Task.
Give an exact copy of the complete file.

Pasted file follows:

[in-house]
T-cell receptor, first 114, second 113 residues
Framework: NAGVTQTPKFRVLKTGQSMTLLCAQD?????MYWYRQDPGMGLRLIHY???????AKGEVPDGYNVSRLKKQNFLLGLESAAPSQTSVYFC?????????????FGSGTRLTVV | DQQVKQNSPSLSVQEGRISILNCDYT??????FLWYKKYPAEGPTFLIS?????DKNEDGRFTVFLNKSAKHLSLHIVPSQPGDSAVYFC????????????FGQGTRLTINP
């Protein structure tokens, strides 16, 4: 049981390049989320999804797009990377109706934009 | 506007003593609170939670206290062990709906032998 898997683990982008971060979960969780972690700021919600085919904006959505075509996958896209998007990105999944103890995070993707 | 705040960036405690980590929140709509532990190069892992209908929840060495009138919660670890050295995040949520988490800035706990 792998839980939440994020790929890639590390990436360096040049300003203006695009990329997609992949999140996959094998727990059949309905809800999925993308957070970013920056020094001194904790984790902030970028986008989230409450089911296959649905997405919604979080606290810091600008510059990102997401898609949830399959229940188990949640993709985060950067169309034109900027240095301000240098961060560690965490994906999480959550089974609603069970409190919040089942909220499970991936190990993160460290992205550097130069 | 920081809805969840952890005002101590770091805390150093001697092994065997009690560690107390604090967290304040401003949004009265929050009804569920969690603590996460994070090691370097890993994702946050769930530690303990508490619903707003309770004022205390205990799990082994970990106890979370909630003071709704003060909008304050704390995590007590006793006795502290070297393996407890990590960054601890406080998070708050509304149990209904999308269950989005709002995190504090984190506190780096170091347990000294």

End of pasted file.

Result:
[in-house]
T-cell receptor, first 114, second 113 residues
Framework: NAGVTQTPKFRVLKTGQSMTLLCAQD?????MYWYRQDPGMGLRLIHY???????AKGEVPDGYNVSRLKKQNFLLGLESAAPSQTSVYFC?????????????FGSGTRLTVV | DQQVKQNSPSLSVQEGRISILNCDYT??????FLWYKKYPAEGPTFLIS?????DKNEDGRFTVFLNKSAKHLSLHIVPSQPGDSAVYFC????????????FGQGTRLTINP
């Protein structure tokens, strides 16, 4: 049981390049989320999804797009990377109706934009 | 506007003593609170939670206290062990709906032998 898997683990982008971060979960969780972690700021919600085919904006959505075509996958896209998007990105999944103890995070993707 | 705040960036405690980590929140709509532990190069892992209908929840060495009138919660670890050295995040949520988490800035706990 792998839980939440994020790929890639590390990436360096040049300003203006695009990329997609992949999140996959094998727990059949309905809800999925993308957070970013920056020094001194904790984790902030970028986008989230409450089911296959649905997405919604979080606290810091600008510059990102997401898609949830399959229940188990949640993709985060950067169309034109900027240095301000240098961060560690965490994906999480959550089974609603069970409190919040089942909220499970991936190990993160460290992205550097130069 | 920081809805969840952890005002101590770091805390150093001697092994065997009690560690107390604090967290304040401003949004009265929050009804569920969690603590996460994070090691370097890993994702946050769930530690303990508490619903707003309770004022205390205990799990082994970990106890979370909630003071709704003060909008304050704390995590007590006793006795502290070297393996407890990590960054601890406080998070708050509304149990209904999308269950989005709002995190504090984190506190780096170091347990000294």